Respiratory-related morbidity and mortality were evaluated in relation to incident prescription oral synthetic cannabinoid (nabilone, dronabinol) use among older adults with chronic obstructive pulmonary disease (COPD).
This was a retrospective, population-based, data-linkage cohort study, analysing health administrative data from Ontario, Canada, from 2006 to 2016. We identified individuals aged 66 years and older with COPD, using a highly specific, validated algorithm, excluding individuals with malignancy and those receiving palliative care (n=185 876 after exclusions). An equivalent number (2106 in each group) of new cannabinoid users (defined as individuals dispensed either nabilone or dronabinol, with no dispensing for either drug in the year previous) and controls (defined as new users of a non-cannabinoid drug) were matched on 36 relevant covariates, using propensity scoring methods. Cox proportional hazard regression was used.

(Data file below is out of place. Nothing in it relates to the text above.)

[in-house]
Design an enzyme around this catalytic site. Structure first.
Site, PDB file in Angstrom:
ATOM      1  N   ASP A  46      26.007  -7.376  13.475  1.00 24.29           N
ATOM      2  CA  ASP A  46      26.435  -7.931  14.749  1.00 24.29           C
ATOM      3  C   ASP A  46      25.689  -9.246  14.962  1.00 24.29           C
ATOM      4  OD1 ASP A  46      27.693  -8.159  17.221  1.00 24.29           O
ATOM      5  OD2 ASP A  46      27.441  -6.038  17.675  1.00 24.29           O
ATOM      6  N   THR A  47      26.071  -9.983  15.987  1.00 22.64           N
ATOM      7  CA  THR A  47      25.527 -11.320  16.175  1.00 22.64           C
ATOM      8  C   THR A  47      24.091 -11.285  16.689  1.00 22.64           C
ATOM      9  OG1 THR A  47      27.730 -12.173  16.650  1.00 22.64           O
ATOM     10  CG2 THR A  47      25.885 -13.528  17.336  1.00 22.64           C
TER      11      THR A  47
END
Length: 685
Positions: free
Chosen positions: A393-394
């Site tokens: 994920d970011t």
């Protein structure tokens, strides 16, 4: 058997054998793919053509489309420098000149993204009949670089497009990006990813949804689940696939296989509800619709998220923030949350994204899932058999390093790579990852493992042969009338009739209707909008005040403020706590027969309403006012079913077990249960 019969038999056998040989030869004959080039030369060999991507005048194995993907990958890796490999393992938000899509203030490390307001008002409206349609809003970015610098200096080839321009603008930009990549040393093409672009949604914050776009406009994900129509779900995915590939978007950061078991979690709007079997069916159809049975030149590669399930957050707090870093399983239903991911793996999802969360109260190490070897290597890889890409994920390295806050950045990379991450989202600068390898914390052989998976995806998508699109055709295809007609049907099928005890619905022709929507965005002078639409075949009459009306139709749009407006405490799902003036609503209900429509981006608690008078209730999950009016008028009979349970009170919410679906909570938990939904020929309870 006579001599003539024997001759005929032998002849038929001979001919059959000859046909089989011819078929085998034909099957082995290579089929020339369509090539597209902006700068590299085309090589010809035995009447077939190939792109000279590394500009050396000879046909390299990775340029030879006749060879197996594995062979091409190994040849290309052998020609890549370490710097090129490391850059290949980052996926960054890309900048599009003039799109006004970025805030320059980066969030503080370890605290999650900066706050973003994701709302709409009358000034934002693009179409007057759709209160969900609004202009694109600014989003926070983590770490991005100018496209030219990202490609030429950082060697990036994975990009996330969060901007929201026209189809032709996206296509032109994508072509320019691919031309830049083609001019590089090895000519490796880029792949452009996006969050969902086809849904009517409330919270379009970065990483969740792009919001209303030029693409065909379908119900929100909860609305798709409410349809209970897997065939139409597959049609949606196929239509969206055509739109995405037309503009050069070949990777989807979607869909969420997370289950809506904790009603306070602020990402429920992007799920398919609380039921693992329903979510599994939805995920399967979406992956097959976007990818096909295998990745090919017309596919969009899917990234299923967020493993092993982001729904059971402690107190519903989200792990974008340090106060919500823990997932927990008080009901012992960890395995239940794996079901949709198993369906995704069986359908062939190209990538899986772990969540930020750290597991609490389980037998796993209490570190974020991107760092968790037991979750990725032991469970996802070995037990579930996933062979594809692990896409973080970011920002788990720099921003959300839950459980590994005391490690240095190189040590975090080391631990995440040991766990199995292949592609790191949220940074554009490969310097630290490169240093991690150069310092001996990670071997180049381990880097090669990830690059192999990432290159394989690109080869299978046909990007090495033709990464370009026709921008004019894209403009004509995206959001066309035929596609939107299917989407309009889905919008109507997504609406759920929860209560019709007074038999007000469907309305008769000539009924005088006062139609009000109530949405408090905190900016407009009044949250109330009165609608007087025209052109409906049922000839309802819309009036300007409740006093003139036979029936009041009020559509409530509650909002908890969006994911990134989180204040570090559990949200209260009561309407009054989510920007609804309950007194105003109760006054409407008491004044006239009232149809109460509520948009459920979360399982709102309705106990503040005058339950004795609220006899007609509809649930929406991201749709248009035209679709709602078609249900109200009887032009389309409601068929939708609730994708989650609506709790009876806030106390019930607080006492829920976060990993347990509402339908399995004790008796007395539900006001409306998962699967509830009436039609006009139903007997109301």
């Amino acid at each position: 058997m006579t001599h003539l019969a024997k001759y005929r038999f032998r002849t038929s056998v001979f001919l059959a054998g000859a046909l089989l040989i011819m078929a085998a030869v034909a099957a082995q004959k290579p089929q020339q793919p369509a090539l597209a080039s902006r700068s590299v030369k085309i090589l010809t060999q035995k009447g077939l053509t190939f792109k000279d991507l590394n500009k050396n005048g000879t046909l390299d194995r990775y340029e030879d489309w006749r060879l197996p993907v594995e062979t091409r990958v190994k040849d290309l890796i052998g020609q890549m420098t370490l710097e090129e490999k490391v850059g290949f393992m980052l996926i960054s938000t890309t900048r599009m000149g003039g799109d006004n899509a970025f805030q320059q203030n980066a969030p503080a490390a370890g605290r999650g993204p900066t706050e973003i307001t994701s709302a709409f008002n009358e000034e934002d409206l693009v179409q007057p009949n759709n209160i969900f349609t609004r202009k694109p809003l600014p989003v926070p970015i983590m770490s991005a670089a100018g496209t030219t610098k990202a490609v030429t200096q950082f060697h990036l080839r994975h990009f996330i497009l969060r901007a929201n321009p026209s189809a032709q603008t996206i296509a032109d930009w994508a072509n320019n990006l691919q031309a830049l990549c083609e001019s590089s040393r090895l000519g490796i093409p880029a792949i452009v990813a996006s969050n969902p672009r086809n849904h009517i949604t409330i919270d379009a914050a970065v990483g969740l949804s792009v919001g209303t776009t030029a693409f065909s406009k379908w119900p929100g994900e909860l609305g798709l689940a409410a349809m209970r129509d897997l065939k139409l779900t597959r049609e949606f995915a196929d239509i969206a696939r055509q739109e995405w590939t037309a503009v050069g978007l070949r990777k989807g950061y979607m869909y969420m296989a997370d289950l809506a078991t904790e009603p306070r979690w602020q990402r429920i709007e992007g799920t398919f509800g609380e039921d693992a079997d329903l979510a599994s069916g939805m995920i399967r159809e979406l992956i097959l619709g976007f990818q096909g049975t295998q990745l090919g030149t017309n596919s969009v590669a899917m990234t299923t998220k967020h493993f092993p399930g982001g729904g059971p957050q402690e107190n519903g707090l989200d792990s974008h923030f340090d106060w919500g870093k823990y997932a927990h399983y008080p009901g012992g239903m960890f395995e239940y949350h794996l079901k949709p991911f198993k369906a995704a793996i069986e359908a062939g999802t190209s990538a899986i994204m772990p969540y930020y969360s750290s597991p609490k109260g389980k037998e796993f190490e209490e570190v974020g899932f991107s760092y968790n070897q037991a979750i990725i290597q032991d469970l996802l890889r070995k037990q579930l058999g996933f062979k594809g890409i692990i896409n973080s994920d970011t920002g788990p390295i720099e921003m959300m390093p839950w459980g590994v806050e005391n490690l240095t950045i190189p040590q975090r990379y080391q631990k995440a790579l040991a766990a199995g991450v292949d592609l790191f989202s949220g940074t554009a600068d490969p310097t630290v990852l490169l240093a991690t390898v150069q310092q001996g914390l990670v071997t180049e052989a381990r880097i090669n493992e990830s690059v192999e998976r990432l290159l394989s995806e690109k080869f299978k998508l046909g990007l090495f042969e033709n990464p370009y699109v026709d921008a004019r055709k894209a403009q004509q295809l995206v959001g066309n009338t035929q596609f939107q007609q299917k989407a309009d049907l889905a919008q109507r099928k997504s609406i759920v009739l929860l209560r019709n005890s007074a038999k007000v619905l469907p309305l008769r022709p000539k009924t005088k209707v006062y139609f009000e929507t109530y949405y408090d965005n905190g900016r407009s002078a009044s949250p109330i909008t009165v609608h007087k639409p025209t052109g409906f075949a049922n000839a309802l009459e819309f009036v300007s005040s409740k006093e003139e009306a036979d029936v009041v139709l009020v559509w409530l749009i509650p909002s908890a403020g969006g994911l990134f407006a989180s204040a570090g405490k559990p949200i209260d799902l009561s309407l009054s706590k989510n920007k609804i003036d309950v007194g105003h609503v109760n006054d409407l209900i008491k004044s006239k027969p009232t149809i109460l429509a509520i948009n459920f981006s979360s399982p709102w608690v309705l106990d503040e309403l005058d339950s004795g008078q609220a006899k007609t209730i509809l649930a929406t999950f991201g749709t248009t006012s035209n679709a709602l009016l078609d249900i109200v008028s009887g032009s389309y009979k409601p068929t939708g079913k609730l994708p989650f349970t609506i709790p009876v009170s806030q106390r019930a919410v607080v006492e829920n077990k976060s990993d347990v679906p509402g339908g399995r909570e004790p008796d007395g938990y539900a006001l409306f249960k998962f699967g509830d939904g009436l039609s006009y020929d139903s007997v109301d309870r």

Rate of hospitalisation for COPD or pneumonia was not significantly different between new cannabinoid users and controls (HR 0.87; 95% CI 0.61-1.24). However, significantly higher rates of all-cause mortality occurred among new cannabinoid users compared with controls (HR 1.64; 95% CI 1.14-2.39). Individuals receiving higher-dose cannabinoids relative to controls were observed to experience both increased rates of hospitalisation for COPD and pneumonia (HR 2.78; 95% CI 1.17-7.09) and all-cause mortality (HR 3.31; 95% CI 1.30-9.51).
New cannabinoid use was associated with elevated rates of adverse outcomes among older adults with COPD. Although further research is needed to confirm these observations, our findings should be considered in decisions to use cannabinoids among older adults with COPD.